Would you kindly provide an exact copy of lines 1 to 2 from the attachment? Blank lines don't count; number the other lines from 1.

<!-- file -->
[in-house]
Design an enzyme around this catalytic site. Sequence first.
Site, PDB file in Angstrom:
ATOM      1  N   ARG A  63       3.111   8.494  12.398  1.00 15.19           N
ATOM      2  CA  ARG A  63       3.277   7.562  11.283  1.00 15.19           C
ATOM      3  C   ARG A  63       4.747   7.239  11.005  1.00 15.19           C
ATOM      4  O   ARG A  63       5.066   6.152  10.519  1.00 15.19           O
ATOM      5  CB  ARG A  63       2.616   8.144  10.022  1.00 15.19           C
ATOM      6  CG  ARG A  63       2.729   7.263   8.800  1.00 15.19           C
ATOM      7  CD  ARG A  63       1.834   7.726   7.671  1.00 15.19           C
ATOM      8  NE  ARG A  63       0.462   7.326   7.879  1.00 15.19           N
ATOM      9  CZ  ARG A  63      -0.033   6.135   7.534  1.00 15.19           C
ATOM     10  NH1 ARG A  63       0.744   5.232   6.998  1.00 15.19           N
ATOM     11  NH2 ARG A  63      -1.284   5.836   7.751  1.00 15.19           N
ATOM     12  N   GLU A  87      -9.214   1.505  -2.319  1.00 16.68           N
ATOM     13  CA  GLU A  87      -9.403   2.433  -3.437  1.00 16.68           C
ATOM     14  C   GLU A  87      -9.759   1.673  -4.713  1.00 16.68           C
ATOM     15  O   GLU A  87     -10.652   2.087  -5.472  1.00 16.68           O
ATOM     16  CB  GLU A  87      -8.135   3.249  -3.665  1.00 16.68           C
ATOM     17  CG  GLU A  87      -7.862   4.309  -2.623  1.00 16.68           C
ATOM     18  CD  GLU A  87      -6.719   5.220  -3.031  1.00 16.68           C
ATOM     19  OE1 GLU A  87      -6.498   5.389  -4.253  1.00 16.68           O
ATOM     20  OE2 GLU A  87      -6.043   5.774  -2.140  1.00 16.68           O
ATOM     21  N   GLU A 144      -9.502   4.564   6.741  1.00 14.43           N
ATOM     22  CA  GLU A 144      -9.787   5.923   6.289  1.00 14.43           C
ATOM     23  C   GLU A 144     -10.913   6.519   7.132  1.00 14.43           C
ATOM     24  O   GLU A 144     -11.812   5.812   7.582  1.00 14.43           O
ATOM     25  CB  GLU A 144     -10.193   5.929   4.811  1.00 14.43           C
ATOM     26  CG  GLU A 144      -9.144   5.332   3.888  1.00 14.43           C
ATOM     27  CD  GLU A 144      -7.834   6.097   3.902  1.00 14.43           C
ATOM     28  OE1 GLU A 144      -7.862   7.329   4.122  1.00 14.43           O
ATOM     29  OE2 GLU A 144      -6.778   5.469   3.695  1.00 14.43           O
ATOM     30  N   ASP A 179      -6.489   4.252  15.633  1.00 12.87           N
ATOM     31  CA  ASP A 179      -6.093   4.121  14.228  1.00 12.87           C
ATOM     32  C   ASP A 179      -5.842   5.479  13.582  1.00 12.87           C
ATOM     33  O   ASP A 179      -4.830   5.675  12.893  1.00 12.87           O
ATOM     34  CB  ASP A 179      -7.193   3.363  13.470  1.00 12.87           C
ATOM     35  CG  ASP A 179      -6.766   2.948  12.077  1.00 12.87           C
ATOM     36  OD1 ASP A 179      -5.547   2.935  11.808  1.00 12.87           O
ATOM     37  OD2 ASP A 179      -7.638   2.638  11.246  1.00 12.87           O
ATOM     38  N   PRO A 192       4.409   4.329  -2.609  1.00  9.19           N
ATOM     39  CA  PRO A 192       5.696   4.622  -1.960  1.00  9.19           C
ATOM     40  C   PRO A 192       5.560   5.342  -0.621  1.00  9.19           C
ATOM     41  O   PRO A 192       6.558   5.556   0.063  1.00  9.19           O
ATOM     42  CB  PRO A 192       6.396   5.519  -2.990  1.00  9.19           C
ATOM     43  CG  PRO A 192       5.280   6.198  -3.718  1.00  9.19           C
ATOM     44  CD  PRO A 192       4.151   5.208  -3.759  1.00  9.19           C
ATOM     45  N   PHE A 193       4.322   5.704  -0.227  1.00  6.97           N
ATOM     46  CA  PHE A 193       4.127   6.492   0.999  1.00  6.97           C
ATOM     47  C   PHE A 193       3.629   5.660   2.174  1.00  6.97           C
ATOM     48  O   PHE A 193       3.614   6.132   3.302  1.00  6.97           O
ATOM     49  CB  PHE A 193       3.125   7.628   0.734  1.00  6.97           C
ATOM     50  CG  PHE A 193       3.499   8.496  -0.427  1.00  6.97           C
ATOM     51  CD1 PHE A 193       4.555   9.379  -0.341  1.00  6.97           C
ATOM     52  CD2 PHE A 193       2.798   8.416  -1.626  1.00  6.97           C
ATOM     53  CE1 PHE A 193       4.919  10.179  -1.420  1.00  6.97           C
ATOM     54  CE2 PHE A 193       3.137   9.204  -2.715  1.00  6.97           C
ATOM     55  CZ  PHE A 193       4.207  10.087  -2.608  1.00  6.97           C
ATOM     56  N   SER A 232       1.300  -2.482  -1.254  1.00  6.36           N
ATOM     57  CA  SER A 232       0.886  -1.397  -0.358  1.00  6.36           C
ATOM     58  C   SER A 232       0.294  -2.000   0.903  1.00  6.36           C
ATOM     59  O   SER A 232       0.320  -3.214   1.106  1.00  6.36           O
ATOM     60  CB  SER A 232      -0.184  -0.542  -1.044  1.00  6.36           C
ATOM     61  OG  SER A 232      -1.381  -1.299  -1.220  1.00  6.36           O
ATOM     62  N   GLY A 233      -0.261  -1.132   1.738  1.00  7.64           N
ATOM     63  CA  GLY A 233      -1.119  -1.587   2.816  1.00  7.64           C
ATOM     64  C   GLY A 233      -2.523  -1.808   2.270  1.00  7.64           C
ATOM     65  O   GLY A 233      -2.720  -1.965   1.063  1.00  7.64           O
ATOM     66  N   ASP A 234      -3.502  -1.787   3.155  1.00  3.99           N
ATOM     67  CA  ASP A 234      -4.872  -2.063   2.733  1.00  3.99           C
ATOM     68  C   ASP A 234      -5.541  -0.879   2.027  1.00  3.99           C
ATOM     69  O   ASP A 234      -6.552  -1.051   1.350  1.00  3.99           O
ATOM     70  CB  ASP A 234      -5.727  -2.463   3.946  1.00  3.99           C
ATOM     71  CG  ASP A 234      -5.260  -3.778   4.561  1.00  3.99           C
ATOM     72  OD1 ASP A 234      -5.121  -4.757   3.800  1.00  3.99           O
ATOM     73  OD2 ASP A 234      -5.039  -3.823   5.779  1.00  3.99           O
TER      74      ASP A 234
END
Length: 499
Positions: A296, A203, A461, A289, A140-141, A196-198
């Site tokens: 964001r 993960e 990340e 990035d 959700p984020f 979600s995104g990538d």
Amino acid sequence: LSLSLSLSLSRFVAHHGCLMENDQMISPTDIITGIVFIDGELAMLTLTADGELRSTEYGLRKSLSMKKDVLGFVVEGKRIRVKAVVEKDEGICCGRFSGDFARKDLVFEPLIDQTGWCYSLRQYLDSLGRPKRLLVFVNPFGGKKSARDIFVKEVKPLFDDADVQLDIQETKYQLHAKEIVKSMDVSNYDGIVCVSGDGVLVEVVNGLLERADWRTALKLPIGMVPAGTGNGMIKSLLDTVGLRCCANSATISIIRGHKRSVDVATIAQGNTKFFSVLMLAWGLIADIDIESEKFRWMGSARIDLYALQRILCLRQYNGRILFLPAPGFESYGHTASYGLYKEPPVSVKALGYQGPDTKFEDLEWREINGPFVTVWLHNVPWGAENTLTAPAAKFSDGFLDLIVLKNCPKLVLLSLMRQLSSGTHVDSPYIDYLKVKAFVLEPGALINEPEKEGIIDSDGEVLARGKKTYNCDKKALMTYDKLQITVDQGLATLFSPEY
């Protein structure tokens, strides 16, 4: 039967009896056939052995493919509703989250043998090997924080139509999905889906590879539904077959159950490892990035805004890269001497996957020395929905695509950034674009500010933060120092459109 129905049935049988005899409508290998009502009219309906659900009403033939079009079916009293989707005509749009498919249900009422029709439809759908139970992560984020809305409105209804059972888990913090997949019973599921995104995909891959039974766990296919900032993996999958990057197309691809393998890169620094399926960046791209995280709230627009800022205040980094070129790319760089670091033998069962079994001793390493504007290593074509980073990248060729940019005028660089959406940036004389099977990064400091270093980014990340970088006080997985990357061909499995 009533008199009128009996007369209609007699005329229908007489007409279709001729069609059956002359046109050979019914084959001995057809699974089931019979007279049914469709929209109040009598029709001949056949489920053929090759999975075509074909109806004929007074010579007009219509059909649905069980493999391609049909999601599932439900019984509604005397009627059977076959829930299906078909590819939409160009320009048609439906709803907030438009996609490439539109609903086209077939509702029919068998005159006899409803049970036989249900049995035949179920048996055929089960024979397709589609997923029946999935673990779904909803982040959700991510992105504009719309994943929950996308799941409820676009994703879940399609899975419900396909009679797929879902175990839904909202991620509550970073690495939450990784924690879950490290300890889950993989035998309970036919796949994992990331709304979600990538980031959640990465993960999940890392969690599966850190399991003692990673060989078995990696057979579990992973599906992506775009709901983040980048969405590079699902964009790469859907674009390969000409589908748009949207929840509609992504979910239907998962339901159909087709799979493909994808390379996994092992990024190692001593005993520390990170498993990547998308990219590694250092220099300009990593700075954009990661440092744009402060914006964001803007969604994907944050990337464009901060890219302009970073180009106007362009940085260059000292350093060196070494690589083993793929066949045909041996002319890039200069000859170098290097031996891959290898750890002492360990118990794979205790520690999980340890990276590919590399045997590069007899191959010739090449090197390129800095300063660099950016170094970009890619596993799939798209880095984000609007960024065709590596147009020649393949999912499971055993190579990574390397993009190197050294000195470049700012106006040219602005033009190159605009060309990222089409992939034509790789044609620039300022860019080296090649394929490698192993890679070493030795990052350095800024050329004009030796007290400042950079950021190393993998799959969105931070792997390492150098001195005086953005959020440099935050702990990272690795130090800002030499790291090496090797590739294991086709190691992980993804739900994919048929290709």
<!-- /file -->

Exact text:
[in-house]
Design an enzyme around this catalytic site. Sequence first.